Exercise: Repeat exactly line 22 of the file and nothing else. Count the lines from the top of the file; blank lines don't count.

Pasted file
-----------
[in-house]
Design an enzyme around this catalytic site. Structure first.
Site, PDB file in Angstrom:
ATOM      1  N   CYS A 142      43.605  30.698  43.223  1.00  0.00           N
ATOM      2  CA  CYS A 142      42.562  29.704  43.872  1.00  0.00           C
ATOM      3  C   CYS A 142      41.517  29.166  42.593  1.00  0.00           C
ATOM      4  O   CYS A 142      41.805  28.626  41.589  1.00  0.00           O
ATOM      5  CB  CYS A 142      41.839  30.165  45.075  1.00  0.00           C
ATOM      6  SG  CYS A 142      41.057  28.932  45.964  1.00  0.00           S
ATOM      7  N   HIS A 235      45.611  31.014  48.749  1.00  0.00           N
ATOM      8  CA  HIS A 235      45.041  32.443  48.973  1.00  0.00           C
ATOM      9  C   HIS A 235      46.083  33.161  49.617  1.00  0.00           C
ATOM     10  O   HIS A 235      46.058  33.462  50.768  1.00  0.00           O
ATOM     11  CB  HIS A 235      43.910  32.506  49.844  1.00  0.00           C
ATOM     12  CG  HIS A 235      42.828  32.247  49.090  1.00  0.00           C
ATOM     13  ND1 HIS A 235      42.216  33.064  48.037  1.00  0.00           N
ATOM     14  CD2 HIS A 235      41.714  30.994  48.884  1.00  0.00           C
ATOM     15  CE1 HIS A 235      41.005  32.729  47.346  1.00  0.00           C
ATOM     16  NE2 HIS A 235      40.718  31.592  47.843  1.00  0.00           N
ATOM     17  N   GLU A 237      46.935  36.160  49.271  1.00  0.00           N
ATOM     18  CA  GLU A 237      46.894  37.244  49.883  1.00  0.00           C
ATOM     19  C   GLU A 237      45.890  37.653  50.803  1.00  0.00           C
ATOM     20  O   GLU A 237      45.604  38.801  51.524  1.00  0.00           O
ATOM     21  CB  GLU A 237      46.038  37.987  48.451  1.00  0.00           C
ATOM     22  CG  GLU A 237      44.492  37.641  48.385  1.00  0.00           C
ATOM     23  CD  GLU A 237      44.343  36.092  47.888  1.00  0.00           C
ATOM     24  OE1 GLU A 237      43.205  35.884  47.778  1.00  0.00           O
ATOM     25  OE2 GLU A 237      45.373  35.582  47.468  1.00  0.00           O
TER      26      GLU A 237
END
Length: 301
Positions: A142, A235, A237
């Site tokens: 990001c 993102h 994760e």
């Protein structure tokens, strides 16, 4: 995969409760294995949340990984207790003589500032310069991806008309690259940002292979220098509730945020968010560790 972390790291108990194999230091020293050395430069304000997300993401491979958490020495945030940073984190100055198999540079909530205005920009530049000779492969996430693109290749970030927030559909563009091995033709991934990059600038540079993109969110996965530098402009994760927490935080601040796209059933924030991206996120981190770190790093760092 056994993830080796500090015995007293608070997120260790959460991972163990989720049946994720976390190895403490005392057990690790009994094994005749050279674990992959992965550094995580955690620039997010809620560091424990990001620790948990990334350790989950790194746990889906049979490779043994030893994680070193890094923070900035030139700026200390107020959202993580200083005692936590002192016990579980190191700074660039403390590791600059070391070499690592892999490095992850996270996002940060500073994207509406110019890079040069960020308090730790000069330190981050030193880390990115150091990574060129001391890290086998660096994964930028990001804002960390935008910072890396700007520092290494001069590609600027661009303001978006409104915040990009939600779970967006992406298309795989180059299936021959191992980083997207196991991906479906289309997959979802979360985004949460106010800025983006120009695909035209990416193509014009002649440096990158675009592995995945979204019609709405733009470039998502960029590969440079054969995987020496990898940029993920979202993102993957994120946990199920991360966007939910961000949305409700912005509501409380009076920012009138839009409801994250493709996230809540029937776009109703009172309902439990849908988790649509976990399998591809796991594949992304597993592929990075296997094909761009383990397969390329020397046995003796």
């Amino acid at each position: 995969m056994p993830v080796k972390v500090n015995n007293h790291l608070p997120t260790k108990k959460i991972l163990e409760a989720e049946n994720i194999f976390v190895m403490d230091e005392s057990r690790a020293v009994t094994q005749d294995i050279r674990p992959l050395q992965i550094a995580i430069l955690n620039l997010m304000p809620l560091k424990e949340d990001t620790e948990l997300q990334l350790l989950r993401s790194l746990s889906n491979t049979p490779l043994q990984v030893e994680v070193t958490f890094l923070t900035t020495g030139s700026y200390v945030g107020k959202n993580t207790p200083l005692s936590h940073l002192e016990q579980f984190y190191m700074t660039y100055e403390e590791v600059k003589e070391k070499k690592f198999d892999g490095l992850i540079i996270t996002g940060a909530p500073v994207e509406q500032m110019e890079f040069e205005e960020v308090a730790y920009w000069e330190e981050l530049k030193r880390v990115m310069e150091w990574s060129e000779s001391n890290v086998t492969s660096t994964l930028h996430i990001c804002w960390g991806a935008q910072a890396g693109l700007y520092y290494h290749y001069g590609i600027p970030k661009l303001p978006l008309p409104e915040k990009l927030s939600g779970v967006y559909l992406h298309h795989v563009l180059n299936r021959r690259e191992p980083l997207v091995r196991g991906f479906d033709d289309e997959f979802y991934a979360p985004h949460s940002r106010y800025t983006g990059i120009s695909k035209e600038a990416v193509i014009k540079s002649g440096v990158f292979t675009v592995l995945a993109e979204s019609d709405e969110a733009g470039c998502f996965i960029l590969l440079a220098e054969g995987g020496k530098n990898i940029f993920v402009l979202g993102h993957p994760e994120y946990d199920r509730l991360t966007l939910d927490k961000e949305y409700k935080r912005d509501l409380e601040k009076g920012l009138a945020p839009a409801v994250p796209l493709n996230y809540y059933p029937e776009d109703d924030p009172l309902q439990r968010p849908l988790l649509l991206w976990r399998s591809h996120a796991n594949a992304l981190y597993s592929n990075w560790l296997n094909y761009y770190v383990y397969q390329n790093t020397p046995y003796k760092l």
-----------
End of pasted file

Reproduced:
ATOM     19  C   GLU A 237      45.890  37.653  50.803  1.00  0.00           C